Is the Kik App Really Safe for Kids? Read Here to Find Out.
When my middle daughter got a phone, it was my old one sans Internet access. She could play games, take photos and videos, and text and FaceTime with her friends. This was PLENTY of access for my husband and I, and for her, and this felt like a safe, slow start.
Since this time, I’ve learned a bit more about texting features and apps and I want to share these with you. These are really important for parents to think about before they give their kids access to “just texting.”
So first, a little background
My husband and I are big believers in our kids getting what they need based on what’s going on in their lives, not on their age. So because our middle daughter didn’t have late night activities but was spending some time with friends who we didn’t know, this limited access phone seemed like a good fit for us.
I also really love the concept of teaching one thing (or in this case, one app) at a time
I loved that we could practice safety and communication skills as well as phone habits with one “thing”—texting—at a time. Then we could add in a whole new slew of apps and social media sites to the mix.
This was an absolute benefit and I’m glad that we did this! It was so much easier to teach her what we wanted her to know in this focused way.
BUT, my assumption that “just texting” was going to be easy-peasy and relatively risk-free was WRONG.
We still came across reasons to discuss what’s ok to share and what’s not, and what happens when you delete a message (nothing on the other person’s phone!). We even tackled what to do about chain letters (Remember those? They’re ba-ack!), requests for homework, and unkind texts.
While maybe none of this was a huge surprise to me, alternative texting apps were a surprise!
Lots of kids are using alternative apps to text. So it’s important to know what these are, how kids use them, and what we may need to stay on top of with them.
This article is about Kik, a texting app that a lot of kids start out with. Here’s what you need to know.
Kik is a free texting app that works with a username instead of a phone number. So even kids without phones or texting plans can install and use Kik.
Some important things to know about Kik are:
• “Kiking someone” isn't based on approving followers. As soon as someone has your user name (friends, strangers, bullies), they can Kik you.
• LOTS of kids use the same username on every site. And lots of kids write “Kik me” in their bios or on individual photo captions on parent-approved sites, like Instagram.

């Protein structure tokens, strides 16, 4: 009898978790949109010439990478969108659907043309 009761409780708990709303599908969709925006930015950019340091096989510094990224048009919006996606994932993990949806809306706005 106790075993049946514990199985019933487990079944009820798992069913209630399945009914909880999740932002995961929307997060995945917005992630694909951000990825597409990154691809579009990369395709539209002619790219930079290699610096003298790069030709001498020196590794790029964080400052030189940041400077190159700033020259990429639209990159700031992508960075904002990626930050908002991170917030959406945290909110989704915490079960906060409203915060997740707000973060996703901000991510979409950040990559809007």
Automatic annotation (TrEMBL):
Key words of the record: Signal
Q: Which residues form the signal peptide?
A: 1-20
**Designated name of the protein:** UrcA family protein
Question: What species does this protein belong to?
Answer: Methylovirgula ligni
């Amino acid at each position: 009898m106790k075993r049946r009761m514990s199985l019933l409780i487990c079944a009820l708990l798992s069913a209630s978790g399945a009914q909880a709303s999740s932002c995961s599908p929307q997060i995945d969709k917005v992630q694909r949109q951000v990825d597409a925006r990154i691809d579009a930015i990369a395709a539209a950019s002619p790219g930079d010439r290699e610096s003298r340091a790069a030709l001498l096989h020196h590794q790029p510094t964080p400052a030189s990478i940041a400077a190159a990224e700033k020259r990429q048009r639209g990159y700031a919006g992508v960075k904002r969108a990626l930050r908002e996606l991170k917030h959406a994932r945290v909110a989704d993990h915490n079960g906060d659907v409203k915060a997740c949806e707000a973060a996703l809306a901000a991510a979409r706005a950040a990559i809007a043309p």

• Once a kid has their username set up, if they run into problems with someone un-wantedly “Kiking them,” they can't change their username without deleting the app and starting over.
• It IS possible to block on Kik … but you really have to dig into the app to see how. It is not obvious.
• And you can’t “log out” of the app either. So if a kid is being harassed on Kik, it is easy to feel like they can't get away from it. Even if you turn off your phone, the Kik messages pop up when you turn it back on.
So if your kids are using Kik:
Show them how to both block and start over with the app. Discuss with them when they may want to do these things. Remind them that they can always ask for help or advice – they're never alone or without your support and backup. Maybe even brainstorm what instances might be examples of when they should and can ask for help.
It is also worthwhile to discuss with your kids NOT sharing their Kik name publicly and the kinds of things it is okay and not okay to text or “Kik” someone. Guards tend to be down in texts and private messages like these, so reinforcing these guidelines is really important.
Remind kids that there's not a quick way to check if who they're texting with is really that person. It's up to them to monitor what they share and don't share. This should be consistent and within the guidelines that you've taught them. This is a great example of how important it is to make sure that the door to an ongoing dialogue about this topic is kept wide open!
Kik is just one app of many that our kids are loving today. If your kids are starting to show an interest in the online world, I have a detailed checklist for you to use to help start laying the foundation for an ongoing conversation about their digital use. It’s super helpful and you can get it for free RIGHT HERE.
Galit Breen is the author of Kindness Wins, a simple, no-nonsense guide to teaching our kids how to be kind online; the TEDx Talk, “Raising a digital kid without having been one”; the online course Raise Your Digital Kid™; and the Facebook group The Savvy Parents Club. You can get her checklist for moms of new(ish) digital kids RIGHT HERE.